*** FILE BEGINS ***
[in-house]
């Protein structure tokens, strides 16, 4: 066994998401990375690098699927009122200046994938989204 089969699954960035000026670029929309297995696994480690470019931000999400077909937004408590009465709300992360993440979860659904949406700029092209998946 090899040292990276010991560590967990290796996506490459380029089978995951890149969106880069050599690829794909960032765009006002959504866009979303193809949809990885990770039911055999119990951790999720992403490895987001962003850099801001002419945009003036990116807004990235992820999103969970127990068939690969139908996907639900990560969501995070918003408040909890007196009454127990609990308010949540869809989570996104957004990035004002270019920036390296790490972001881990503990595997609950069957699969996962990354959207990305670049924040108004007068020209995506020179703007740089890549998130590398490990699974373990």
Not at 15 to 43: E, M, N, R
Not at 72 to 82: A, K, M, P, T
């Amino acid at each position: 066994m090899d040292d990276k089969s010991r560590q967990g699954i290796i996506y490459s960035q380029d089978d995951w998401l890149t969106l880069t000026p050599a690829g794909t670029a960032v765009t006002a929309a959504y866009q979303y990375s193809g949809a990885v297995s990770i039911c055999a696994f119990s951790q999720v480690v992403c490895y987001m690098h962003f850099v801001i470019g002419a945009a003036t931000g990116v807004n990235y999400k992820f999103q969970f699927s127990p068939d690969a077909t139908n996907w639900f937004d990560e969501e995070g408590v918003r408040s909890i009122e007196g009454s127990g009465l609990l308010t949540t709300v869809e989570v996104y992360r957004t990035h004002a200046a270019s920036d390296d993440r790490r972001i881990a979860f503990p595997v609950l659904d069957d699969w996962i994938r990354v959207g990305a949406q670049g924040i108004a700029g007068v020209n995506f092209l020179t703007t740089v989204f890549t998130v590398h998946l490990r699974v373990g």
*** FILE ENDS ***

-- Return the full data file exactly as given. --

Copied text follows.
[in-house]
């Protein structure tokens, strides 16, 4: 066994998401990375690098699927009122200046994938989204 089969699954960035000026670029929309297995696994480690470019931000999400077909937004408590009465709300992360993440979860659904949406700029092209998946 090899040292990276010991560590967990290796996506490459380029089978995951890149969106880069050599690829794909960032765009006002959504866009979303193809949809990885990770039911055999119990951790999720992403490895987001962003850099801001002419945009003036990116807004990235992820999103969970127990068939690969139908996907639900990560969501995070918003408040909890007196009454127990609990308010949540869809989570996104957004990035004002270019920036390296790490972001881990503990595997609950069957699969996962990354959207990305670049924040108004007068020209995506020179703007740089890549998130590398490990699974373990």
Not at 15 to 43: E, M, N, R
Not at 72 to 82: A, K, M, P, T
């Amino acid at each position: 066994m090899d040292d990276k089969s010991r560590q967990g699954i290796i996506y490459s960035q380029d089978d995951w998401l890149t969106l880069t000026p050599a690829g794909t670029a960032v765009t006002a929309a959504y866009q979303y990375s193809g949809a990885v297995s990770i039911c055999a696994f119990s951790q999720v480690v992403c490895y987001m690098h962003f850099v801001i470019g002419a945009a003036t931000g990116v807004n990235y999400k992820f999103q969970f699927s127990p068939d690969a077909t139908n996907w639900f937004d990560e969501e995070g408590v918003r408040s909890i009122e007196g009454s127990g009465l609990l308010t949540t709300v869809e989570v996104y992360r957004t990035h004002a200046a270019s920036d390296d993440r790490r972001i881990a979860f503990p595997v609950l659904d069957d699969w996962i994938r990354v959207g990305a949406q670049g924040i108004a700029g007068v020209n995506f092209l020179t703007t740089v989204f890549t998130v590398h998946l490990r699974v373990g």